Apple’s hitting back at Bloomberg’s claims that it allowed the accuracy of Face ID to be dropped in order to speed up production of the iPhone X. The company’s calling the report completely false and reasserting its confidence in the new technology.
Most of Apple’s statement is its typical corporate-speak, talking up the iPhone X and praising Face ID. The company expects the latter to be the new gold standard for facial authentication, claiming its quality and accuracy hasn’t changed. The brand also stuck to its claims that there’s a 1 in a million probability of a random person fooling the scanner.
To recall, Bloomberg made two big assertions in its article. One was that Apple had lowered the specifications for Face ID so that it took less time to test completed modules and increased the number of usable parts. The other was that relaxing the specs lead to a decline in accuracy. The publication made it clear that it didn’t know how much the first affected the second.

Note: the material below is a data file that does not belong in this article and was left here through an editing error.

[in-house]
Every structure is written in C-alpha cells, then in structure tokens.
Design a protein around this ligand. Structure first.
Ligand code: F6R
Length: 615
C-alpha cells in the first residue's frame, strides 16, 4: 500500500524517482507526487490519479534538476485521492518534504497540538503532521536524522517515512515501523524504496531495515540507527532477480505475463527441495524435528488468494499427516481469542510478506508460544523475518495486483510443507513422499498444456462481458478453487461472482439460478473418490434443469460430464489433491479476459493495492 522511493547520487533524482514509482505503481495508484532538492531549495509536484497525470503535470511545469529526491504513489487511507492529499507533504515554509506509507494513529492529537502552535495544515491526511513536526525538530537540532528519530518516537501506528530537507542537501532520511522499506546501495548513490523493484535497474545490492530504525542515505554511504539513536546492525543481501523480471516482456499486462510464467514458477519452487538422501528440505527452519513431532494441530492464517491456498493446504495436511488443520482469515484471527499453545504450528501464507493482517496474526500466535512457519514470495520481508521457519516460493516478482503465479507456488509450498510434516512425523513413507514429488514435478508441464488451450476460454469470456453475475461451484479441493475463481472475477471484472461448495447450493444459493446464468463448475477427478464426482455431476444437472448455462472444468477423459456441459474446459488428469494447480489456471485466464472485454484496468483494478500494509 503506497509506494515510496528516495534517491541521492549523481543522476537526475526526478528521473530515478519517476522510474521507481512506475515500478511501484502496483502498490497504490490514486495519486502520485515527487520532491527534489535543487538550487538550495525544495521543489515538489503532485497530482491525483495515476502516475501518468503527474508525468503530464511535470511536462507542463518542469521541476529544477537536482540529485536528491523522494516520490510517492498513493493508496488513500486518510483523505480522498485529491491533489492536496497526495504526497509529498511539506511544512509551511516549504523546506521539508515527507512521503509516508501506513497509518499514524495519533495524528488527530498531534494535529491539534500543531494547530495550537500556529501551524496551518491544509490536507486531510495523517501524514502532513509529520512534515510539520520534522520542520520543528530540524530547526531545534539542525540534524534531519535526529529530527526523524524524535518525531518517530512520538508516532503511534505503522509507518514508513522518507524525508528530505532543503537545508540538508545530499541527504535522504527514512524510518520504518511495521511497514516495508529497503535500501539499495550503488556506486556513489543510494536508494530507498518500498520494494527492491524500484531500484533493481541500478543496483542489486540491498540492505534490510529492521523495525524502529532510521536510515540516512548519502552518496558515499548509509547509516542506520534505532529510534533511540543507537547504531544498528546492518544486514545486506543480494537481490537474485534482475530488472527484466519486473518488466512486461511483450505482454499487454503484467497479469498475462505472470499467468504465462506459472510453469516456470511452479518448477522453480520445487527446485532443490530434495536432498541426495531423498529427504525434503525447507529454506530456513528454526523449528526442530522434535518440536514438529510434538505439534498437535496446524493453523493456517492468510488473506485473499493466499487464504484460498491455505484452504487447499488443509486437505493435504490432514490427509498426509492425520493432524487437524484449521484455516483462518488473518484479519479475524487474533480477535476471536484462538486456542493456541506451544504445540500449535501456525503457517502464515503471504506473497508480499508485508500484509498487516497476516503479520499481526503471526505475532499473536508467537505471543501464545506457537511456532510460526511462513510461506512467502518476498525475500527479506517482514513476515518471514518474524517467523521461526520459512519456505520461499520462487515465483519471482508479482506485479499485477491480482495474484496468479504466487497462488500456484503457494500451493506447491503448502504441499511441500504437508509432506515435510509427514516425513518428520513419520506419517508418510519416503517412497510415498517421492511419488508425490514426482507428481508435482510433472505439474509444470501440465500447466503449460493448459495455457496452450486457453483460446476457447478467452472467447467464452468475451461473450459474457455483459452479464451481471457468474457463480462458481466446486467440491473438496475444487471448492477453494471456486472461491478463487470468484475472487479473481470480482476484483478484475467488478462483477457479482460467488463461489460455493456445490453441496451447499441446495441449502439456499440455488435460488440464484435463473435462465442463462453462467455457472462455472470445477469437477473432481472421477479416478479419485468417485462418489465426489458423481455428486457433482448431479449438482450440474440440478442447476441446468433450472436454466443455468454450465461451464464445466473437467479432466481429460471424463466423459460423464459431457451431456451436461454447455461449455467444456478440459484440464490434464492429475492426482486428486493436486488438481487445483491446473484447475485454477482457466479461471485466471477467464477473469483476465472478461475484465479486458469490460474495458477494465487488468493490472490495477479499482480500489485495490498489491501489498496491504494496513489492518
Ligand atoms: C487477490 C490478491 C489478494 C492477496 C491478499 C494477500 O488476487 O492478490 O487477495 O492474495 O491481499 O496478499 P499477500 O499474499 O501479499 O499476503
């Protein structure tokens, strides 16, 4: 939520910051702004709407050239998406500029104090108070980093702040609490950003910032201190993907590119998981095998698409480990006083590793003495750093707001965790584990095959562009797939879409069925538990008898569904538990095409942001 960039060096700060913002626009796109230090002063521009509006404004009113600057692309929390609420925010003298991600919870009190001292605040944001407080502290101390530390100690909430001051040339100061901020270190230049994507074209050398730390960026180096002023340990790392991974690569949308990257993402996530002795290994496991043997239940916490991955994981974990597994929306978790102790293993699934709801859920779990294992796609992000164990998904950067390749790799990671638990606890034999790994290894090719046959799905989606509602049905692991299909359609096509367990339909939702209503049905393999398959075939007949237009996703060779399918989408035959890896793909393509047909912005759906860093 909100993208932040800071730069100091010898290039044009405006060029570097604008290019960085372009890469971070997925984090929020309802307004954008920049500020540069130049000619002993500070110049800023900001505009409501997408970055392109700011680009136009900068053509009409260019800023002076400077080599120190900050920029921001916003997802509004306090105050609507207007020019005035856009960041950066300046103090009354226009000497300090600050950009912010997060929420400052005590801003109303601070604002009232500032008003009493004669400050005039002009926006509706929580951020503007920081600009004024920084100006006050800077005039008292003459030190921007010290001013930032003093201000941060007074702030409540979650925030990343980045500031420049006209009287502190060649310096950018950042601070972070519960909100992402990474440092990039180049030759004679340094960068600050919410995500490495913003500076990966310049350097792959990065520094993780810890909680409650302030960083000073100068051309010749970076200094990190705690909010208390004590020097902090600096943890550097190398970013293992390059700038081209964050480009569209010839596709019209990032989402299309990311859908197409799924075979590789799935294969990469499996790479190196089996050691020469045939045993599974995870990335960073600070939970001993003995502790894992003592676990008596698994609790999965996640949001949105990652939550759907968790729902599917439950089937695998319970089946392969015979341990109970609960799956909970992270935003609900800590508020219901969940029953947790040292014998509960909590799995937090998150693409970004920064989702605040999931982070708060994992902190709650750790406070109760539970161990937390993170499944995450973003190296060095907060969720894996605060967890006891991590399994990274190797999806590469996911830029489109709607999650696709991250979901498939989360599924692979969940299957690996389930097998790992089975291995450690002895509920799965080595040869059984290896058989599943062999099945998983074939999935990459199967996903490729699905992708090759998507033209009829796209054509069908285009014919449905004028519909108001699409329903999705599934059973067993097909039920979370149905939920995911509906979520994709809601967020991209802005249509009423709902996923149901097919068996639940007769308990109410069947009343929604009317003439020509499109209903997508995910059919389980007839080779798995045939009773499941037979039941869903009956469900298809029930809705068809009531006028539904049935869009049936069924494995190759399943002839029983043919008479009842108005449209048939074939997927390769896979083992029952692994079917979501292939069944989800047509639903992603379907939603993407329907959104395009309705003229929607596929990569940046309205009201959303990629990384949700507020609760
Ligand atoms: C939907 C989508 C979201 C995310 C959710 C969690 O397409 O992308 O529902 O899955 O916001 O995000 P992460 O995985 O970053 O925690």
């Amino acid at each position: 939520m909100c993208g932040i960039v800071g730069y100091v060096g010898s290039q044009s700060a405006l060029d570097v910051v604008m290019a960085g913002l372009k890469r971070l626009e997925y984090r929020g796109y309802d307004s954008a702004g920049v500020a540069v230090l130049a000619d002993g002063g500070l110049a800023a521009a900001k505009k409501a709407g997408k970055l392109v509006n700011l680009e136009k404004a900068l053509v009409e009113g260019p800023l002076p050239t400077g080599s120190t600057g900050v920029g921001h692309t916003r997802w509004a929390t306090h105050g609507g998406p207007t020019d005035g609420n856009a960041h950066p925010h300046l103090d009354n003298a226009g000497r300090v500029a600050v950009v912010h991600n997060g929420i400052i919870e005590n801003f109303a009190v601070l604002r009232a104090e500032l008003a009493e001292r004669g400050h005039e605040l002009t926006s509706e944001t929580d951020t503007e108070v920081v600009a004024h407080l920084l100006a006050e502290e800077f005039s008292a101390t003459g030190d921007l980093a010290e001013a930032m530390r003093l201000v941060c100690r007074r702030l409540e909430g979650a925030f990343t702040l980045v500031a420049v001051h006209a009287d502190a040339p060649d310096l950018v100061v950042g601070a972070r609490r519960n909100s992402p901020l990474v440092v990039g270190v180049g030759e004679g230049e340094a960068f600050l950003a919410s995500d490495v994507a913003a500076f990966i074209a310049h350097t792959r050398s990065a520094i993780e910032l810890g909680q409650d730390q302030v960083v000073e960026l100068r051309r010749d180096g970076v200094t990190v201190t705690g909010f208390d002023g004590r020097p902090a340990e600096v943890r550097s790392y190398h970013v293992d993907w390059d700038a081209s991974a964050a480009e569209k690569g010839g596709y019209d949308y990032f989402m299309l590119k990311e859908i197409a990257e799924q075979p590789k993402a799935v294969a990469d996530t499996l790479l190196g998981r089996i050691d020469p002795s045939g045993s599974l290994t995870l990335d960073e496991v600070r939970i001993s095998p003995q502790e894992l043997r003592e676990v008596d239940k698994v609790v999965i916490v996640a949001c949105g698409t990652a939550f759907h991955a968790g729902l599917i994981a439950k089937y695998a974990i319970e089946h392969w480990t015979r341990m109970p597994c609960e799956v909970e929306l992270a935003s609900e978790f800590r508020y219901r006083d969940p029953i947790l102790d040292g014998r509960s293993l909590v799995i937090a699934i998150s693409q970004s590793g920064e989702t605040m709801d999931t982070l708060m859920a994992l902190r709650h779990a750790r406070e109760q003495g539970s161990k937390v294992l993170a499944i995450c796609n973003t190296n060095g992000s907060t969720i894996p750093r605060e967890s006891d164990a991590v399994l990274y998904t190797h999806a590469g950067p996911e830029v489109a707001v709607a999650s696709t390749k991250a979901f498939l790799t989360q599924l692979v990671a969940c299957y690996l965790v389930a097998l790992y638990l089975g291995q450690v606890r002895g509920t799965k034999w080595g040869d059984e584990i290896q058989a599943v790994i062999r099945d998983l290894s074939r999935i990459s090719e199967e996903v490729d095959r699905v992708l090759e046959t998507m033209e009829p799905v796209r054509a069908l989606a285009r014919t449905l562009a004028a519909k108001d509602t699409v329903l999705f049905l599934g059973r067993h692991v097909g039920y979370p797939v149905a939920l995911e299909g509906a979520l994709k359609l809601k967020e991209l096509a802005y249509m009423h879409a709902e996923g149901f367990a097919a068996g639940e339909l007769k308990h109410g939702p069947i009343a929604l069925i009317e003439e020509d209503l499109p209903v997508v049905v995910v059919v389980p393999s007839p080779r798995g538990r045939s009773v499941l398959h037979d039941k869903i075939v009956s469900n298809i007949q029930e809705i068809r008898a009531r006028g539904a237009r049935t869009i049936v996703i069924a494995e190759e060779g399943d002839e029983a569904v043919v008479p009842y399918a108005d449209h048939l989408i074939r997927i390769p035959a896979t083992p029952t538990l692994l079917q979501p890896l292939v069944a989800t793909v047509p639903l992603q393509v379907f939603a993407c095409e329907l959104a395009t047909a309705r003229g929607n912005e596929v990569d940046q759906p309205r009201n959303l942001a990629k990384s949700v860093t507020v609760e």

Apple’s statement is interesting because it specifically addresses Face ID’s accuracy without confirming whether it had in fact reduced the part quality control standards. It’s entirely possible the publication is right about the relaxation in specifications, but wrong about its supposition that this lead to a drop in accuracy.
We won’t know for sure up until the iPhone X hits shelves on November 3 and people can actually test Face ID for themselves. Apple’s asking walk-in customers to arrive early, so expect the handset to be sold out quickly.